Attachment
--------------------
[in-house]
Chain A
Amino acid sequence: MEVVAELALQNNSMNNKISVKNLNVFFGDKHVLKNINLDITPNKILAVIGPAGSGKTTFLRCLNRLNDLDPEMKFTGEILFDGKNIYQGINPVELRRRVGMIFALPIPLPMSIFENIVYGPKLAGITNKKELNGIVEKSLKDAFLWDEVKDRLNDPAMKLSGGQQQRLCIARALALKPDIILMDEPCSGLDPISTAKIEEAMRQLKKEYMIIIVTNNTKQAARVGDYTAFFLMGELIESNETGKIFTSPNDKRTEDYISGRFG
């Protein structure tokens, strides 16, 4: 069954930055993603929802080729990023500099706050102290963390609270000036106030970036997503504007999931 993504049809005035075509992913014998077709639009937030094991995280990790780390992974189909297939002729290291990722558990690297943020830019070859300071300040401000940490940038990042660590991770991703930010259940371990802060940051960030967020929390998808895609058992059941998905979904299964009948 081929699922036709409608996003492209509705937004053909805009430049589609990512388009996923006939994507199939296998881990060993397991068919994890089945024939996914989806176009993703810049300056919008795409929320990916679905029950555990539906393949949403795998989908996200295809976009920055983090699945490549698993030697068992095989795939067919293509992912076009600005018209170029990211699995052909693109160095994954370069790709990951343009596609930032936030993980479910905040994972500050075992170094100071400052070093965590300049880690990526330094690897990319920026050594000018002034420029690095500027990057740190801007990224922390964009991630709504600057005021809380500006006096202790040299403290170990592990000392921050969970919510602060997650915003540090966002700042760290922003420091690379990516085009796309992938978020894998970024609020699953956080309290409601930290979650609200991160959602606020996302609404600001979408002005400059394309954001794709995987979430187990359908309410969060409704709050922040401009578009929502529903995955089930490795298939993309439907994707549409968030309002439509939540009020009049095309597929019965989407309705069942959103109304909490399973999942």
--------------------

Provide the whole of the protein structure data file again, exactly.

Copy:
[in-house]
Chain A
Amino acid sequence: MEVVAELALQNNSMNNKISVKNLNVFFGDKHVLKNINLDITPNKILAVIGPAGSGKTTFLRCLNRLNDLDPEMKFTGEILFDGKNIYQGINPVELRRRVGMIFALPIPLPMSIFENIVYGPKLAGITNKKELNGIVEKSLKDAFLWDEVKDRLNDPAMKLSGGQQQRLCIARALALKPDIILMDEPCSGLDPISTAKIEEAMRQLKKEYMIIIVTNNTKQAARVGDYTAFFLMGELIESNETGKIFTSPNDKRTEDYISGRFG
């Protein structure tokens, strides 16, 4: 069954930055993603929802080729990023500099706050102290963390609270000036106030970036997503504007999931 993504049809005035075509992913014998077709639009937030094991995280990790780390992974189909297939002729290291990722558990690297943020830019070859300071300040401000940490940038990042660590991770991703930010259940371990802060940051960030967020929390998808895609058992059941998905979904299964009948 081929699922036709409608996003492209509705937004053909805009430049589609990512388009996923006939994507199939296998881990060993397991068919994890089945024939996914989806176009993703810049300056919008795409929320990916679905029950555990539906393949949403795998989908996200295809976009920055983090699945490549698993030697068992095989795939067919293509992912076009600005018209170029990211699995052909693109160095994954370069790709990951343009596609930032936030993980479910905040994972500050075992170094100071400052070093965590300049880690990526330094690897990319920026050594000018002034420029690095500027990057740190801007990224922390964009991630709504600057005021809380500006006096202790040299403290170990592990000392921050969970919510602060997650915003540090966002700042760290922003420091690379990516085009796309992938978020894998970024609020699953956080309290409601930290979650609200991160959602606020996302609404600001979408002005400059394309954001794709995987979430187990359908309410969060409704709050922040401009578009929502529903995955089930490795298939993309439907994707549409968030309002439509939540009020009049095309597929019965989407309705069942959103109304909490399973999942």